Toy Soldiers and Dining Room Battles

Toy Soldiers and Dining Room Battles

Saturday, March 13, 2010

The Battle of Oberbratwurst: The Opening Moves

The fictional Battle of Oberbratwurst, fought during the War of Spanish Succession, will be fought using the rules Volley and Bayonet. Volley and Bayonet is a "grand-tactical" level game and allows players to assume the roles of Army and other higher level commanders. Figures are mounted on one stand and rosters are utilizing that have the unit's strength points.

Infantry units for the 18th century represent Infantry Regiments; Infantry units in the 19th century represent Brigades and are on bigger stands. For both centuries, Cavalry are Brigades.

Unlike other rules where players have to worry about the formations of their individual units, in these rules it is assumed that the Brigadiers and Colonels know their business and will deploy their units accordingly. In this game players need to worry about deploying and maneuvering their armies!

As mentioned, a roster sheet (posted in an earlier blog) is used to keep track of the status of units. Each "strength" point of infantry or cavalry represents approximately 500 men. Each strength point of artillery represents 6 guns. Most units for the War of Spanish Succession have 2 strength points each. Units lose points through long range fire and close combat (which represents close range musketry and melee combined).

Morale, command and division cohesion are all elements of the game but not overly complicated. In fact, the basic rules are just 18 pages long! Now, on to battle!




The lovely city of Oberbratwurst at the peak of the tourist season.


Imperial cavalry on the Allied Left Flank commanded by the Austrian Lieutenant General von Natzmer.


The Danish contingent of the Imperial Infantry Corps under the command of the Prince of Anhalt-Dessau.




The Danish Foot Guards (Yes I painted them because they had yellow coats!)

Major General the Prince of Holstein-Beck's Infantry Command consisting of Dutch, Scottish and English troops.

Lieutenant General Lord John Cutts leads his wing of Allied infantry.



Allied Cavalry commanded by General of Horse the Erbprinz of Hesse-Kessel move to the extreme left flank of the Allied line.



The Elite French Gendarmes take the position of honor as part of the Comte de Zurlauben's forces.

The Garde Francaise are held in Army reserve.














The Bavarian Leibregiment in the middle of the Franco-Bavarian deployment. The Marquis de Maffei commands the Bavarian infantry.











More of the Bavarians under the Marquis de Maffei.









Two foreign regiments in the French Army: Dillon's Irish Regiment and the Swiss Regiment Reynold. Both are part of the infantry command of the Marquis de Blainville.











Massed French and Bavarian Cavalry under the Count d'Arco support a French infantry line.

Late Breaking News: Due to Track and Field Events (Honorable Sons # 2 and #3 are distance runners) there has been a change of command:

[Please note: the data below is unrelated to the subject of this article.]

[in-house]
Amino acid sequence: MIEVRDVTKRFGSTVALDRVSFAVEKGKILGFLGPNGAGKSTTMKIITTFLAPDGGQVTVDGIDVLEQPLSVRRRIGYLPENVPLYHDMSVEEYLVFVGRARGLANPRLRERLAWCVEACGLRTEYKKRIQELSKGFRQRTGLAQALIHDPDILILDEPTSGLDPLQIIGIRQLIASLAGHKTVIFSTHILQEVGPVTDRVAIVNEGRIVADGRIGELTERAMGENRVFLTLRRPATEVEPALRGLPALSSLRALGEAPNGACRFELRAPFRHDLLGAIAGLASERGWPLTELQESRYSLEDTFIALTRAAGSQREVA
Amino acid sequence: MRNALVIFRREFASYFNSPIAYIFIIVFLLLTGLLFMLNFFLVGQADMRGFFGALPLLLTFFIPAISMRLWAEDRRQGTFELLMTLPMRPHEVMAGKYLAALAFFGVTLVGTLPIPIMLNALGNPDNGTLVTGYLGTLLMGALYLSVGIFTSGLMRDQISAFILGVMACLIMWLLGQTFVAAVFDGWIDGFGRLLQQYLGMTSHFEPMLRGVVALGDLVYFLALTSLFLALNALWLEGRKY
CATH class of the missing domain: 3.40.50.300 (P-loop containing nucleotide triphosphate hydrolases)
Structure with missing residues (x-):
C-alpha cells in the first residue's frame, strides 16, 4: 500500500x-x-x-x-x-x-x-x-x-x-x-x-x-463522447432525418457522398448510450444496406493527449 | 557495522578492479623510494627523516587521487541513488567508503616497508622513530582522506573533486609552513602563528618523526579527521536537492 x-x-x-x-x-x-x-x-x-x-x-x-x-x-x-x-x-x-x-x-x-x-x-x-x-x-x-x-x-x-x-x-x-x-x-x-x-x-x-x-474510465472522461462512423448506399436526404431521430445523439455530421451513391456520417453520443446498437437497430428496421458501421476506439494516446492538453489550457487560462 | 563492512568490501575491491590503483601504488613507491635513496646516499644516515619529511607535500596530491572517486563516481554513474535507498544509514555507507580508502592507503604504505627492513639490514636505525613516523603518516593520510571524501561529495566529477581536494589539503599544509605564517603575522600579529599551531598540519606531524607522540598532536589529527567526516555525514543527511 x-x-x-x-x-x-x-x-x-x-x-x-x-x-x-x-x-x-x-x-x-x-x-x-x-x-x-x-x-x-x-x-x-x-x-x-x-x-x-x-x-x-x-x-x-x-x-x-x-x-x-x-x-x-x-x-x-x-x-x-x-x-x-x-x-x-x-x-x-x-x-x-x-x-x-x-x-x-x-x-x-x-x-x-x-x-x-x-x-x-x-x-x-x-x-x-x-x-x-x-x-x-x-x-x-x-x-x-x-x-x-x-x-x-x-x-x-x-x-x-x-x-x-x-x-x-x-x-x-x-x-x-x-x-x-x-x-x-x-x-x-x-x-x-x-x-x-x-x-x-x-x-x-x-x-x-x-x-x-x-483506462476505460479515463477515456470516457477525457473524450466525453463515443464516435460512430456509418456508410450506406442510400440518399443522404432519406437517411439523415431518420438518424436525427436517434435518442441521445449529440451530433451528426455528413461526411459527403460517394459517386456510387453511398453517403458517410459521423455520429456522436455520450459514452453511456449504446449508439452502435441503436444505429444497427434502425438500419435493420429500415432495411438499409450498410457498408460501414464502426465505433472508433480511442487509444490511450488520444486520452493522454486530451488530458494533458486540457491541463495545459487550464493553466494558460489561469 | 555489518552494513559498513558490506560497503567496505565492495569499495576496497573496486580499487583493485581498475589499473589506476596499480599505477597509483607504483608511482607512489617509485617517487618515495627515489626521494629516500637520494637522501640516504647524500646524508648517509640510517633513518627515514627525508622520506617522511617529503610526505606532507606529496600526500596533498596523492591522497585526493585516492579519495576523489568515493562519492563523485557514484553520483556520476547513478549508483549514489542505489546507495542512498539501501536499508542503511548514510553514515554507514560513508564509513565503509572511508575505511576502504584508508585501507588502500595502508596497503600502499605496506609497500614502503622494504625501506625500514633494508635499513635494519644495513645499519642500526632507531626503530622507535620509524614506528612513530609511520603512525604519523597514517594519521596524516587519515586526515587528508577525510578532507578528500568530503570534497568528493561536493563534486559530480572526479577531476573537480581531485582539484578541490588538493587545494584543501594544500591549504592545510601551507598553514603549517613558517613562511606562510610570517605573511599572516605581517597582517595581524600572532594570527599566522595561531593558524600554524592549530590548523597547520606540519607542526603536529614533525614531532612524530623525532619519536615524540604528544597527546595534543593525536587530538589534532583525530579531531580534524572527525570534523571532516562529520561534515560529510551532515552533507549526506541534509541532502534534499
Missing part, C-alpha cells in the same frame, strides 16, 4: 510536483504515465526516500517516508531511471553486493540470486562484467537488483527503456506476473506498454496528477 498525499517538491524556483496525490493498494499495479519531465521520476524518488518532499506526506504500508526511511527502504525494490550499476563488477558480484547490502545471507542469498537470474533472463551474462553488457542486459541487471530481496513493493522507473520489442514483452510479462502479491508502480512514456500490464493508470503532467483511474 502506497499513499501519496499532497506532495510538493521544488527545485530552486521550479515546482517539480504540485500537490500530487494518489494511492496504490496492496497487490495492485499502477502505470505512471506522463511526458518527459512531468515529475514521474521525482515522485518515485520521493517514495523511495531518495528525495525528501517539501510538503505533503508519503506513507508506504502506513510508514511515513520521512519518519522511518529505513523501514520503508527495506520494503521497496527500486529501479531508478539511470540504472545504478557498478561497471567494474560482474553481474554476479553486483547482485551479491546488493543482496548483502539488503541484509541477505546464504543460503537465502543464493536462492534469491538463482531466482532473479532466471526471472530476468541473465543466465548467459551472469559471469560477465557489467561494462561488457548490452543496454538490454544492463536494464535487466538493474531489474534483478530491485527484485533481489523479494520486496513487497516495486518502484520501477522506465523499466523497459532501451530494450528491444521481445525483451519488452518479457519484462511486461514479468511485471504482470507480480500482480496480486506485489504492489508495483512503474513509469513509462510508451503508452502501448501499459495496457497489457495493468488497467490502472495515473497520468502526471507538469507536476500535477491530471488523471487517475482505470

Honorable Son #4 will command the Grand Alliance.
Yours truely will command the Franco-Bavarians.



Turn 1: Franco-Bavarians. We diced to see who would go first and the Franco-Bavarian Army won the toss. I immediately saddled my horse and pointed at the enemy line. "Advance!" I said. I decided to move and take control of the center of the battlefield, hoping to throw my opponent off by my aggressive move. I had a regiment of dismounted dragoons move into Oberbratwurst and ease the concerns of the inhabitants of the lovely Bavarian city.



Situation Map After the Franco - Bavarian Advance





The might of the French and Bavarian Armies



The French and Bavarians quickly seize control of the center of the battlefield while the French cavalry on the right flank move around the outskirts of Oberbratwurst in an attempt to deploy into line of battle.


Dismounted French Dragoons occupy Oberbratwurst. The yellow marker behind them signifies that the dragoons are disorganized. In other words, they lost their "battle formation" as they moved through the streets and will need some time to reorganize.


Turn 1: The Grand Alliance. So did my advance through off the Allies? Nope. In a surprise move (at least it was a surprise to me!), it seemed like every horseman in the Allied army was bearing down on the Franco-Bavarian left flank. Then I thought - wait a minute, I outnumber him in cavalry about 2 to 1 (BWAH HAH HAH!).

The Austrian Cuirassier units boldly charge into the French cavalry. The line behind the French consists of Bavarian Cuirassiers and more French Cavalry.

French and Austrian Infantry prepare to blast away at each others lines. The Danish Corps and the Bavarians will also exchange fire as both sides have light losses.


And then it got ugly. The French cavalry forgot that they outnumbered their Austrian counterparts. The furious and unexpected charge of the Austrian Cuirassiers disordered and swept from the field the majority of the French Cavalry . . .


The French Cavalry Commander, the Count d'Arco, boldly stares down the Austrians as he wonders where his cavalry command went.

Next: The Franco - Bavarian Response.

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